IS/PM 535 Handout #6
Information Technology Investment: Decision-Making Methodology by Marc J. Schniederjans,
Jamie L. Hamaker and Ashlyn M. Schniederjans World Scientific Publishing Co
DePaul 24x7 books, Extracted text for instructional and printing purpose.
Chapter 6: Cost/Benefit Analysis
In this chapter we introduce a classic financial IT methodology called "cost/benefit analysis." It is a
methodology that seeks to overcome some of the limitations of the return on investment (ROI)
methodology discussed in Chapter 5
. It does this in part by considering the usual cost information
found in ROI analysis, but combined with "benefits" (not considered in ROI). As such it considers the
all important and often intangible "value-added" contributions of personnel and managers. By bringing
into the analysis more relevant criteria, cost/benefit analysis has become one of the most commonly
used and appreciated financial methodologies in IT investment decision-making.
What is Cost/Benefit Analysis?
involves the estimation and evaluation of the net benefits associated with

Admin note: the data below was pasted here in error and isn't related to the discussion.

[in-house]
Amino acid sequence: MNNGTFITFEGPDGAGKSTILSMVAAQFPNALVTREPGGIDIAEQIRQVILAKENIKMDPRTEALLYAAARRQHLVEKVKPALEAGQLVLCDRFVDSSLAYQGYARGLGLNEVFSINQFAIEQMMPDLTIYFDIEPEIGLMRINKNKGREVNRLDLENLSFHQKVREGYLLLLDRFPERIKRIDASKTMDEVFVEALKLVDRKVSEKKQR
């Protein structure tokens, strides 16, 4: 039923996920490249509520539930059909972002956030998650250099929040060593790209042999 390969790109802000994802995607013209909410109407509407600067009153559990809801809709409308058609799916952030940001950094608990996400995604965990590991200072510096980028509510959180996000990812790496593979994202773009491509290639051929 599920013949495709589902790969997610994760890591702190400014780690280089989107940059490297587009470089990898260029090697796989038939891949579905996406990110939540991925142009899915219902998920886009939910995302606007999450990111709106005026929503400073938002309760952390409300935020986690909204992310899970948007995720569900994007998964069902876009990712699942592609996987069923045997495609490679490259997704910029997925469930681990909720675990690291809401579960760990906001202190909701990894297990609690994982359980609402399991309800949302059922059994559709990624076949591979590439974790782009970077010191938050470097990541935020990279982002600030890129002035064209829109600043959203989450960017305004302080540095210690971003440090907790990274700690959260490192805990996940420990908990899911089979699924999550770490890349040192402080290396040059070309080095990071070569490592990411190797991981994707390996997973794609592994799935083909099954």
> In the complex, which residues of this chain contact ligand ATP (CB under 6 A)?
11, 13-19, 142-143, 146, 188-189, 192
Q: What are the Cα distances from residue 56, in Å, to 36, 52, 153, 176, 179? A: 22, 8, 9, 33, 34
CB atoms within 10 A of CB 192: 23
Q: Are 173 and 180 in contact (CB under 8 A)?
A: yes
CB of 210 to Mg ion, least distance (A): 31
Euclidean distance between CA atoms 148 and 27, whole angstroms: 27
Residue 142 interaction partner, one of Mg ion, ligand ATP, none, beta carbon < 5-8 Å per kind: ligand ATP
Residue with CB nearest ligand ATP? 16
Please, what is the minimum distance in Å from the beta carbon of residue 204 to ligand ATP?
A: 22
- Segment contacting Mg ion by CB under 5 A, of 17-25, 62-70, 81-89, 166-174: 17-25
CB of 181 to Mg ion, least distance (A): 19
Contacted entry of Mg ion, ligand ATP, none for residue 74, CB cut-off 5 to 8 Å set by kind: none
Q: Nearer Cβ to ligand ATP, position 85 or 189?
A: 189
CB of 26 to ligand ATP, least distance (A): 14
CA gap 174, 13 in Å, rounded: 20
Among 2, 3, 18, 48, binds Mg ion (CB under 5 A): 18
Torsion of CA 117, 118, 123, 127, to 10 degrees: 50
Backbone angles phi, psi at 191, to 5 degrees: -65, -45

alternative courses of action. This technique most often entails comparing the present value of benefits
associated with an investment to the present value of the costs of the same investment. Cost/benefit
analysis is a widely used decision-making tool in both public and private settings and for a wide
variety of different problems, including IT investment decision-making (Brown, 2001; Farbey,
, 1993; Ryan, 2002; Sassone, 1988).
Cost/benefit analysis involves identifying costs and benefits for each alternative investment,
discounting the costs and benefits back to the present, and selecting the best alternative according to a
pre-specified criterion. Cost/benefit analysis may be used to evaluate an independent investment and
to select one or several among a set of independent or dependent investments. Cost/benefit analysis
may be used for
(i.e., before project analysis),
(i.e., after project analysis) and in
(i.e., in progress analysis) investment evaluations. Like most analyses, cost/benefit analysis
involves a series of steps or stages. Figure 1
shows five common stages in conducting a cost/benefit
analysis. These sequential stages include: defining the problem, identifying costs and benefits,
choosing a criterion, comparing alternatives, and performing sensitivity analysis. Each phase is
discussed in more detail in the following sections.